I remember Lent as a kid. It was basically the longest stretch of time EVER, next to Advent of course. Unlike Advent, Lent was chock full of not eating what I wanted, not drinking what I wanted, not watching TV and not doing most things I enjoyed. Whatever I liked, Lent took away from me. It was the have-not stint of any given year. Even as a small child I remember clapping my hands over my mouth after consuming the accidental-yet-still-forbidden bit of chocolate and all but flogging myself in the corner wearing the dunce cap. I’ve come a long way since then. Or have I?
A few years back I began to stray from the chocolate/television/alcoholic beverage same old same old and get creative with my Lenten sacrifices. One year I challenged myself with practically flying out of bed the minute my alarm went off. Of course, to be certain I carried a sufficiently heavy cross I had to make all sorts of stipulations around the sacrifice like: 1) I had to sit up the second my alarm went off and put my feet on the floor, 2) I couldn’t lay back down, and 3) I couldn’t shut the alarm off until after I’d eaten breakfast—the list went on. I hated that Lent, but come hell or high water I was going to GET HOLY. After that, each year brought some other laundry list of commands when Lent rolled around. No, No, No. Rules, rules, rules. Because isn’t that what being Catholic during the Purple Season is all about? Giving up everything you really like because Jesus said so?
Sure it is…if you think that love will violently spring out of banging someone on the head long and hard enough. I look back at my journal and see that there was a lot of head banging going on—that is, up until last March when my Lenten entry begins with a quote by Caryll Houselander:
It is the purpose for which something is made that decides the material which is used. … Each one of us—as we are at the moment when we ask ourselves—For what purpose do I exist?—is the material which Christ Himself has fashioned for His purpose. Each one can, when he has cleared out the rubble, look honestly at the material from which he is made, and ask the Holy Spirit to let it show him the way Christ wills to show Himself in his life.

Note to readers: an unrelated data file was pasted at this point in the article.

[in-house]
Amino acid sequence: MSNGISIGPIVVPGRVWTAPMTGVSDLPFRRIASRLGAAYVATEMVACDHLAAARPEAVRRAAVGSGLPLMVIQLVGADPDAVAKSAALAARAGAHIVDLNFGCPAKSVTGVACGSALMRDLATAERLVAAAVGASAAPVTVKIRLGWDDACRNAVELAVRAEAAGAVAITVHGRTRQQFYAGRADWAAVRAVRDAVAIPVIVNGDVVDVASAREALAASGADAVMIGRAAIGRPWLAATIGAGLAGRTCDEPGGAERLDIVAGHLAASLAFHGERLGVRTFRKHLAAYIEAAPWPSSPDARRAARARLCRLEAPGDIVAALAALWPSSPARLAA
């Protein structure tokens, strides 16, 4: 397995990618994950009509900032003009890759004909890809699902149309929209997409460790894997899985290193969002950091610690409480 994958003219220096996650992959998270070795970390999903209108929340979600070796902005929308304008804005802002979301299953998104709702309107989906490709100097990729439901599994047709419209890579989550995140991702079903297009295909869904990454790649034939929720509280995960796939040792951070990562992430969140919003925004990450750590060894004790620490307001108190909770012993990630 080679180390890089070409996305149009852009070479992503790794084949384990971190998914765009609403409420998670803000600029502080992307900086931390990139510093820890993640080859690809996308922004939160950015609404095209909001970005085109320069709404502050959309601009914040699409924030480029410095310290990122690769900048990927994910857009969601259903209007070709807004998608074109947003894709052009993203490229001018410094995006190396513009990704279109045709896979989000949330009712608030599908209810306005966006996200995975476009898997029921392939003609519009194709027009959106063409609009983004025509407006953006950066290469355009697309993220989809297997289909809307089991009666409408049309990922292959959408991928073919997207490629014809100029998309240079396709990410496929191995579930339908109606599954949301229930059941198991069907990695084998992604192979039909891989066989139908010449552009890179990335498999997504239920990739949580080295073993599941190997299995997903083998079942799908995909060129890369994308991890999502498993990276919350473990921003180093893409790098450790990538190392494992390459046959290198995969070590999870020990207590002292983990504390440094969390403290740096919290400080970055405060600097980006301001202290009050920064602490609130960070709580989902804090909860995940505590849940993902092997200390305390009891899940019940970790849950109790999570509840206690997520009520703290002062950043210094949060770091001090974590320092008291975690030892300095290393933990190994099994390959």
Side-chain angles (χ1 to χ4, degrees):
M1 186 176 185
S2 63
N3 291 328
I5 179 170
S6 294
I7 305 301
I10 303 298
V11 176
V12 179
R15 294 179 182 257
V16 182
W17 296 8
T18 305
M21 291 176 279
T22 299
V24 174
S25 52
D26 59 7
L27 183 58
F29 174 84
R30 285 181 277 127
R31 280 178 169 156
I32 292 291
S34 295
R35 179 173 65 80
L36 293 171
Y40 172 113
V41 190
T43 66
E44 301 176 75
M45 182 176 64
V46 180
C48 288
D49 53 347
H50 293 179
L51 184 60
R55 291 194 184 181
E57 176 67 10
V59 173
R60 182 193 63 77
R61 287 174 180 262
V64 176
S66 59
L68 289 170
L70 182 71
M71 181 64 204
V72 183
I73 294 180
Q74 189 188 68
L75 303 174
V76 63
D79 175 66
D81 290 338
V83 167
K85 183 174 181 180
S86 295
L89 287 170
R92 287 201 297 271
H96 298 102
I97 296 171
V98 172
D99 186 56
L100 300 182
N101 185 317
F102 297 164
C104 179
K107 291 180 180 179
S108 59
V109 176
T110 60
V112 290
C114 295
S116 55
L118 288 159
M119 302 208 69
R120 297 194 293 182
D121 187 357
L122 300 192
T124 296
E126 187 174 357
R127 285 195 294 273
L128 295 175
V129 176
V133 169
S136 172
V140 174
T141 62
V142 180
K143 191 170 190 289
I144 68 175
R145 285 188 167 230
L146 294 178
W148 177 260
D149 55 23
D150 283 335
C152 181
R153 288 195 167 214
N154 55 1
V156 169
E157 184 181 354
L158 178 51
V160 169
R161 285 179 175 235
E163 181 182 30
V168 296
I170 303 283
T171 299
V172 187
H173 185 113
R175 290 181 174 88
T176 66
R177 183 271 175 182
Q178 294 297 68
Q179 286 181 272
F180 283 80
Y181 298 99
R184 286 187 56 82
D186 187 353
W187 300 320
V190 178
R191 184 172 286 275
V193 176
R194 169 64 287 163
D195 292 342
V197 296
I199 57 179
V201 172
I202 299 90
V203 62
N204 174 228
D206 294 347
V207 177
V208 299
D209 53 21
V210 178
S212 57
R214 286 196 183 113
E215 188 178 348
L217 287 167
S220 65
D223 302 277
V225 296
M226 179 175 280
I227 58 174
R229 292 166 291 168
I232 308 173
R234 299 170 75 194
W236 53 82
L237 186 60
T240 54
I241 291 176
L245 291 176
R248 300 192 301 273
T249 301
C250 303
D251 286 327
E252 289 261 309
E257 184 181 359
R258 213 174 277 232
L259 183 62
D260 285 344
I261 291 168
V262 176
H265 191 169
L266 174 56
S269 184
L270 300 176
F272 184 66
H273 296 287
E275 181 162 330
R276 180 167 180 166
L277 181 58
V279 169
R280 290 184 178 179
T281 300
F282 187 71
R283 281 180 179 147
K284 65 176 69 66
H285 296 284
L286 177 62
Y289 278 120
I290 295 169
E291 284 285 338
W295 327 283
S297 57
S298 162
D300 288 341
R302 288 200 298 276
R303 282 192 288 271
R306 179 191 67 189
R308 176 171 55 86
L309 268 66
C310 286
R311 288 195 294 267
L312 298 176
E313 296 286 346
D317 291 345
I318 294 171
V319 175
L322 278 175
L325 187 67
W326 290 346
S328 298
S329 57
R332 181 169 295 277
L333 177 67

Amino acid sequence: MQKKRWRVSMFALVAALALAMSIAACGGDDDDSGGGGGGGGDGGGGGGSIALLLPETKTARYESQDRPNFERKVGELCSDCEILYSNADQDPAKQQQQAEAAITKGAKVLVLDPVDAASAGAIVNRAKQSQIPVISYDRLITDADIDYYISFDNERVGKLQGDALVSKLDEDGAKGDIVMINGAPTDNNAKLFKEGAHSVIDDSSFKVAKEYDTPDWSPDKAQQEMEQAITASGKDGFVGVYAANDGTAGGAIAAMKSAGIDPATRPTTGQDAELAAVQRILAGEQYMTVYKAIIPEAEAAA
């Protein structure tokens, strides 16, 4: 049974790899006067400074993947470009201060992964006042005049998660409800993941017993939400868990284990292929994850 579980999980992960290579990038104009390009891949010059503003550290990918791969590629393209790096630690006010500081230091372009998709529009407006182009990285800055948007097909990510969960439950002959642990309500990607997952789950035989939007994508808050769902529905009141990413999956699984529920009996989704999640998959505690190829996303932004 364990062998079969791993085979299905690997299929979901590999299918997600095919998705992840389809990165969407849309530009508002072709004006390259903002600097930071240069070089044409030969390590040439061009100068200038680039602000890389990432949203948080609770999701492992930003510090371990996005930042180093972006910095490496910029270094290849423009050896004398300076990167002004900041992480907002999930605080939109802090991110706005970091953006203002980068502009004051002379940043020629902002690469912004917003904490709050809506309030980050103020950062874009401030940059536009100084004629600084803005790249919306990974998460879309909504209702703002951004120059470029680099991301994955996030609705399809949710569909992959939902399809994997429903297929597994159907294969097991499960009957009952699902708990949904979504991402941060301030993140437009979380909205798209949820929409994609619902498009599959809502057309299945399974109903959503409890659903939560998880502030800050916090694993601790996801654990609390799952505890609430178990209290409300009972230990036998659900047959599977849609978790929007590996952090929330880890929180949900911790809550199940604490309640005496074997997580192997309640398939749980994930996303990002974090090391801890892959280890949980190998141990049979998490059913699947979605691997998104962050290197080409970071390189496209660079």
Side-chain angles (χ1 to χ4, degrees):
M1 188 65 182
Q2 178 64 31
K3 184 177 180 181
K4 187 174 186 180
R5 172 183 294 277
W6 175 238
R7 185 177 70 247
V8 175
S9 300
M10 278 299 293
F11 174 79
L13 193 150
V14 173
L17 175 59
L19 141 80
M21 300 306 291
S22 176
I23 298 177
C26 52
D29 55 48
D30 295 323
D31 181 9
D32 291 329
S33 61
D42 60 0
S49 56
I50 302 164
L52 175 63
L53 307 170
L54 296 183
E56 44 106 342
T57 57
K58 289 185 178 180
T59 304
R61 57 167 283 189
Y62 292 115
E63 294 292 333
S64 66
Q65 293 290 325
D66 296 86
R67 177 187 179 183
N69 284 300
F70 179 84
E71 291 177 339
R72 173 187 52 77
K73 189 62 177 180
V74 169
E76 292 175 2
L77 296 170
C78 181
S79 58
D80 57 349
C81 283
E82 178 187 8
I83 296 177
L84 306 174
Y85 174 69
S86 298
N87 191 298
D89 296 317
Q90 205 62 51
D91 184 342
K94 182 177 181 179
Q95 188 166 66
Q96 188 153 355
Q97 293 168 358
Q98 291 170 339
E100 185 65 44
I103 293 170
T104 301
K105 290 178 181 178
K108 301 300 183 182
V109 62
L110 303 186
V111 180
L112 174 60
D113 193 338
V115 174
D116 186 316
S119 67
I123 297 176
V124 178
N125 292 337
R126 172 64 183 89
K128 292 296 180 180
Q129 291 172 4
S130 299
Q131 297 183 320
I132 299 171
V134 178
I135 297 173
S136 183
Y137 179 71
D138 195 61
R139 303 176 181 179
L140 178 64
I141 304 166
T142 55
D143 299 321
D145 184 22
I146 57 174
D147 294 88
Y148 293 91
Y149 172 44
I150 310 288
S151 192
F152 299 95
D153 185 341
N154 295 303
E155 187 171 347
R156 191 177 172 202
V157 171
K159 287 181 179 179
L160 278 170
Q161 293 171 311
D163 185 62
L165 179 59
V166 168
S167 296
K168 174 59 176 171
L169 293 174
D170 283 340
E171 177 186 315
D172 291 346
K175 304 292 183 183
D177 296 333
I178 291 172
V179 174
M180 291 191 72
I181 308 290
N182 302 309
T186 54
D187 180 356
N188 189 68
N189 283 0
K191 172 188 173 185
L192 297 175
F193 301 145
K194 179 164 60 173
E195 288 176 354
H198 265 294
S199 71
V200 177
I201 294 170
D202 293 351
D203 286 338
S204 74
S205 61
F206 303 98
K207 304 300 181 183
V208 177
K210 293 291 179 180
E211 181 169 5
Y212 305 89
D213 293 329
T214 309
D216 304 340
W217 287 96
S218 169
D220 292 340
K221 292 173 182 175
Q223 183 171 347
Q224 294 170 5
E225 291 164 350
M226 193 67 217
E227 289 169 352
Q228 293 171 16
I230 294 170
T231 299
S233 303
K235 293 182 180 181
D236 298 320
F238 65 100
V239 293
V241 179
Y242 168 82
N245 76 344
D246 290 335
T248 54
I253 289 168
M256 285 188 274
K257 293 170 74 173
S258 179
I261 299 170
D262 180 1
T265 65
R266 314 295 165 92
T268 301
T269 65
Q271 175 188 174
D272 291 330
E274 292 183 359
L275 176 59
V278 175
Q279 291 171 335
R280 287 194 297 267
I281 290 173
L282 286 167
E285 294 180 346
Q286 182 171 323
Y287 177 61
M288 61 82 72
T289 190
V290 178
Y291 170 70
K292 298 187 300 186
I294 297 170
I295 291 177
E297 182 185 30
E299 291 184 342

What a difference from the hardness present in all my previous Lenten entries! The Lord had finally gotten through to me: stop frantically doing things and just be. Do you know what I did for Lent last year? Nothing. Absolutely nothing. And it was the hardest thing to do—or not do as the case may be—because for one, I could easily see that I had a TON of sins, failings, and deficiencies to work on. And I wanted to work on them badly, to force myself to change them all. But up until last year, my thirty-fourth year of life, I was working so hard to change myself without God’s help, to get myself to heaven on my own steam, it was like I was emptying the ocean with a teaspoon—almost completely wasting time and energy and missing out on the spiritual depth that Lent can offer.
Because if, as Caryll Houselander says, each one of us removes the unnecessary trifles and asks the Holy Spirit in what way Christ wills to show Himself in our lives, then it is Christ’s decision, not ours, to advance our spiritual lives in one way or another. And that includes tackling sins and failings—again, totally Christ’s decision. This doesn’t give us license to run around sinning because we don’t have to do anything and have a “why bother, God does everything” attitude. Not at all. We have a part to play in getting to heaven; we just don’t have THE part. We’re the sideshow, the co-pilot, the supporting actor. And for me, this thought put a whole new perspective not only on my Lenten observances but on my spiritual life in general.
Despite that change in outlook, to do nothing “concrete” for that six weeks was still hard. It was more difficult for me than anything else I’d given up or taken on because for once I had to allow Jesus the space and silence to fill up the emptiness created by discarding that clutter inside my heart and mind. For me, giving up or taking on something random and thoughtless was just a smoke screen—something I put up every year to keep myself busy and feeling holy—and something I used to avoid the internal ugliness I knew was there but didn’t want God to see, ugliness that God can make beautiful only if, paradoxically, you let him see it. It wasn’t easy, but it was so rewarding.
So what, you might ask, am I doing this Lent? Well, I’m not doing nothing again, but neither am I doing something terribly taxing—not that taxing is always bad. Sometimes it’s exactly what we need, but it’s not what I need at this moment in my life. After a good deal of prayer, this year I will continue the theme of discarding the trifling unnecessary things in my life by discarding the trifling unnecessary things in my home. I’m sort of looking forward to going through my belongings and keeping only the essentials—and years ago that would have begged the question, “If I’m going to enjoy it, is it really a sacrifice? Will it really make me holy?”
But I know a little better now. The better question is, “If it’s the Lord’s Will for me to work on this thing in this moment, will doing that get me to heaven?” I’m thinking the answer is a resounding yes.